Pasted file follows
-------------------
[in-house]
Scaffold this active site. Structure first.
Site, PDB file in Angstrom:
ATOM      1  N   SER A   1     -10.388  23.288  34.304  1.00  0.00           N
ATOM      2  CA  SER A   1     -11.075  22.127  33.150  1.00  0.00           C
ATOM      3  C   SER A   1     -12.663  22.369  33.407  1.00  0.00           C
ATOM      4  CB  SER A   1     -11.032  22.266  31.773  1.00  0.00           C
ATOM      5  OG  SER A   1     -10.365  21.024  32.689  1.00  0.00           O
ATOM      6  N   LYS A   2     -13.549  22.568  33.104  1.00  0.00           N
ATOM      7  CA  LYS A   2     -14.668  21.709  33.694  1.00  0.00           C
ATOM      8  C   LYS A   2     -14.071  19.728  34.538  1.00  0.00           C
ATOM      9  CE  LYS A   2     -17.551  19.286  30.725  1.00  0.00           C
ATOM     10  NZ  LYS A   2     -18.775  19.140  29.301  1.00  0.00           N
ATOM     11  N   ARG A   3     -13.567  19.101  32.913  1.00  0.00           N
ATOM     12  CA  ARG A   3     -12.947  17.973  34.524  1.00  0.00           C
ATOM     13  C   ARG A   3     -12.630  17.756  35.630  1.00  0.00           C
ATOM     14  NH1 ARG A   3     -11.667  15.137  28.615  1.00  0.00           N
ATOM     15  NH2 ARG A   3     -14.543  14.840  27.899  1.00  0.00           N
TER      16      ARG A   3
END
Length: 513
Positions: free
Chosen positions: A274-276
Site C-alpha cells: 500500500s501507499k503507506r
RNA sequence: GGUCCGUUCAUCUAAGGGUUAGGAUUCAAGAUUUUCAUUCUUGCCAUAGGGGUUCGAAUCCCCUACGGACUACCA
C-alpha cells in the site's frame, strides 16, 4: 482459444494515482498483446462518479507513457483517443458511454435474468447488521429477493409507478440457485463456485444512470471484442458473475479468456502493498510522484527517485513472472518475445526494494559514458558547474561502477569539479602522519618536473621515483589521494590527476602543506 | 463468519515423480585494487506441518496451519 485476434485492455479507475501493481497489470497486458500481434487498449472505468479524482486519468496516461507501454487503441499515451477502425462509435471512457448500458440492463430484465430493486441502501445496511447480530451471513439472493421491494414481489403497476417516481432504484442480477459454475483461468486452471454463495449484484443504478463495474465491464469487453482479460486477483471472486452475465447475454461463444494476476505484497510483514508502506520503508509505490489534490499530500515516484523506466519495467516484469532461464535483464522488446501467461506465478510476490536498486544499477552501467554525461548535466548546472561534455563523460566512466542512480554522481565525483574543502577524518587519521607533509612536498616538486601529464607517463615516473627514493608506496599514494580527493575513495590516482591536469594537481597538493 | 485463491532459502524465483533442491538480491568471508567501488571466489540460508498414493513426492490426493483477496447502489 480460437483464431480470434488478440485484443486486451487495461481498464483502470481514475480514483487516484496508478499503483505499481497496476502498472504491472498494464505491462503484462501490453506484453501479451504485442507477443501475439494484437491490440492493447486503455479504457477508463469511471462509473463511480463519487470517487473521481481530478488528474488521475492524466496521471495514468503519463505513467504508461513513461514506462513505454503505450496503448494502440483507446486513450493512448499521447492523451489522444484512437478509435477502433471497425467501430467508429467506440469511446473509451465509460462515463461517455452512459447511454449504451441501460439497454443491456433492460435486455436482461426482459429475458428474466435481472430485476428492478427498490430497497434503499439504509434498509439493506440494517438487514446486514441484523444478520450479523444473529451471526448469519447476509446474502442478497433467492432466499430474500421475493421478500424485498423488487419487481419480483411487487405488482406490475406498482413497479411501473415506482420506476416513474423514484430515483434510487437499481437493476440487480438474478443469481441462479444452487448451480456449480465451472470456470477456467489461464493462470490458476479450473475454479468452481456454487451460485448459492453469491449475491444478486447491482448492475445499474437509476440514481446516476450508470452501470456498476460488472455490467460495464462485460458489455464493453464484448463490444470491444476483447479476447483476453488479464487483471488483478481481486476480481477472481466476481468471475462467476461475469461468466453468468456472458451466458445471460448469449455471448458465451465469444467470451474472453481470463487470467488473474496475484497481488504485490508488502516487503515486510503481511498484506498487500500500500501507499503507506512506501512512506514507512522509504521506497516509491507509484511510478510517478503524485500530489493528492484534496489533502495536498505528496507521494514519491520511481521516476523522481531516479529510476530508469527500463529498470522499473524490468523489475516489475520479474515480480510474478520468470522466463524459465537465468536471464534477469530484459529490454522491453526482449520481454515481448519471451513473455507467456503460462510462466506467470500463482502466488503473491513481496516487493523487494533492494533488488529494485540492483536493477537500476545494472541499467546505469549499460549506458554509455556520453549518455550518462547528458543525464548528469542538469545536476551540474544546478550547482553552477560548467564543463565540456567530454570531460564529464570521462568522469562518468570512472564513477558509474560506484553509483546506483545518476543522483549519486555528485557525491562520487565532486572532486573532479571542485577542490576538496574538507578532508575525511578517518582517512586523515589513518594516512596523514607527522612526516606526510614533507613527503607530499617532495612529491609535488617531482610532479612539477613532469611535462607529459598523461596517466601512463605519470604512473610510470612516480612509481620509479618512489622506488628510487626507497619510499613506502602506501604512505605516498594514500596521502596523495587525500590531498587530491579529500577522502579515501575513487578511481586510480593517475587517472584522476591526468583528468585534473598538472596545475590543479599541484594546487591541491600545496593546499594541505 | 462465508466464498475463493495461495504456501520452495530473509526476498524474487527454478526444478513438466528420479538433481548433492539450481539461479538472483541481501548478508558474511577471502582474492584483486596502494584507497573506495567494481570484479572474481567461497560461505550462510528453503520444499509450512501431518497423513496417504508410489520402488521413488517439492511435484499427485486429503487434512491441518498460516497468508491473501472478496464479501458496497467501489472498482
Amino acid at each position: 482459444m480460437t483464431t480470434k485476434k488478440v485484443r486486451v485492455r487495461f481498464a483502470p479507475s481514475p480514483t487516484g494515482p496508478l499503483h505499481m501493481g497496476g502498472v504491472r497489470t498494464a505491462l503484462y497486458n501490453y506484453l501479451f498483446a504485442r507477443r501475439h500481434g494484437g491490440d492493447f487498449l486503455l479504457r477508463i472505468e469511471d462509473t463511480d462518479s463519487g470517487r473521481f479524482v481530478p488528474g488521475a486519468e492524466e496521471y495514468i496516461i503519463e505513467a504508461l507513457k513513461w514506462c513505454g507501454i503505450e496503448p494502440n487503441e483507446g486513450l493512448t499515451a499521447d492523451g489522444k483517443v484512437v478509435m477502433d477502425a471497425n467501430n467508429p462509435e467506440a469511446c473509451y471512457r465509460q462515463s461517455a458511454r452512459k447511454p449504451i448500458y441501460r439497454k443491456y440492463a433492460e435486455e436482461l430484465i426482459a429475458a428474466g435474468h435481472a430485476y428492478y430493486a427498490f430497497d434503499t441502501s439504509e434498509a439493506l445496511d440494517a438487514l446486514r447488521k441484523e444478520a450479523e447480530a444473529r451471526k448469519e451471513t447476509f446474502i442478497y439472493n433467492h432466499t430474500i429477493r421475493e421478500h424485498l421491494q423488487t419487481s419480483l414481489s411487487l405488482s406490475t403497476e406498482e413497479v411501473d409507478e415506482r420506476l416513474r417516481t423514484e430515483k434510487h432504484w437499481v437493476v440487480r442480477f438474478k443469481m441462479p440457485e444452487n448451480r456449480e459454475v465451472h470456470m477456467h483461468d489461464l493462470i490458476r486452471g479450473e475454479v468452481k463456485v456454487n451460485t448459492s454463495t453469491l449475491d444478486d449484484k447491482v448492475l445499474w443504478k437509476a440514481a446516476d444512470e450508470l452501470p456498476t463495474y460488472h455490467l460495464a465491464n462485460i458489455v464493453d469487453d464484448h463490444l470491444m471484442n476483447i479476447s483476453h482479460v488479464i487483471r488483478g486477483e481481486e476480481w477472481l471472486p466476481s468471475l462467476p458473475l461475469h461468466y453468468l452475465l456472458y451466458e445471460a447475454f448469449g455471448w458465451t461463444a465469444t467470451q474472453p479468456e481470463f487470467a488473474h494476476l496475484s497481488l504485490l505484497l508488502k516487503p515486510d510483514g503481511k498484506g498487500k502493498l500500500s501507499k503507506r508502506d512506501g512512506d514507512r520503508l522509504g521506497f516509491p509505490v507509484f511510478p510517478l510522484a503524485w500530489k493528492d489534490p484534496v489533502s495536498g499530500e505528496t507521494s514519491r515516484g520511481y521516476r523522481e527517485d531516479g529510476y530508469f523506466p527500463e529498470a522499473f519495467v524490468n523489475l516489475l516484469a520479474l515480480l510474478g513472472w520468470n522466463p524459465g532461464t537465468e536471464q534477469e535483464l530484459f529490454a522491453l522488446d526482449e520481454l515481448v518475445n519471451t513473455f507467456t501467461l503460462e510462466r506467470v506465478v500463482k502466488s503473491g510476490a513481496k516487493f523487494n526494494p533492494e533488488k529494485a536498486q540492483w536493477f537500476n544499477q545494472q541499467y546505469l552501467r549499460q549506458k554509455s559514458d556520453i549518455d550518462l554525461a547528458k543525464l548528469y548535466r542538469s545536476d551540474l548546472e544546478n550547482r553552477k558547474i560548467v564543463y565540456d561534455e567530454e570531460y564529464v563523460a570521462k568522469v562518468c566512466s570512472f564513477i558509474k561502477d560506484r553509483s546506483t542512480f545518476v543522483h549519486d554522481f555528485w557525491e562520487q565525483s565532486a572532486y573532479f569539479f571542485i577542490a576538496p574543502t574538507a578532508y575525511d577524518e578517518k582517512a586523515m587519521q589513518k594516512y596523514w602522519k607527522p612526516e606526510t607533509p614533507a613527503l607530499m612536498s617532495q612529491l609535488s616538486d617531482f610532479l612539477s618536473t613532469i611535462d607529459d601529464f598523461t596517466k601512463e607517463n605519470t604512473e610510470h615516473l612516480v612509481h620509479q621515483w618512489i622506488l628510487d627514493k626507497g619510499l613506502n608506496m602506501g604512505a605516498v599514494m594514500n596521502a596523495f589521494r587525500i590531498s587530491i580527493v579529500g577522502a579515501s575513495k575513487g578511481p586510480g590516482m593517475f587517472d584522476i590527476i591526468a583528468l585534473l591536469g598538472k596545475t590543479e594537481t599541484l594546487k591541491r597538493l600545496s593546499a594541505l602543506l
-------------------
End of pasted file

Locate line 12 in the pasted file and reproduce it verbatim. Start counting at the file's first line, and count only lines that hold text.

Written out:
ATOM      9  CE  LYS A   2     -17.551  19.286  30.725  1.00  0.00           C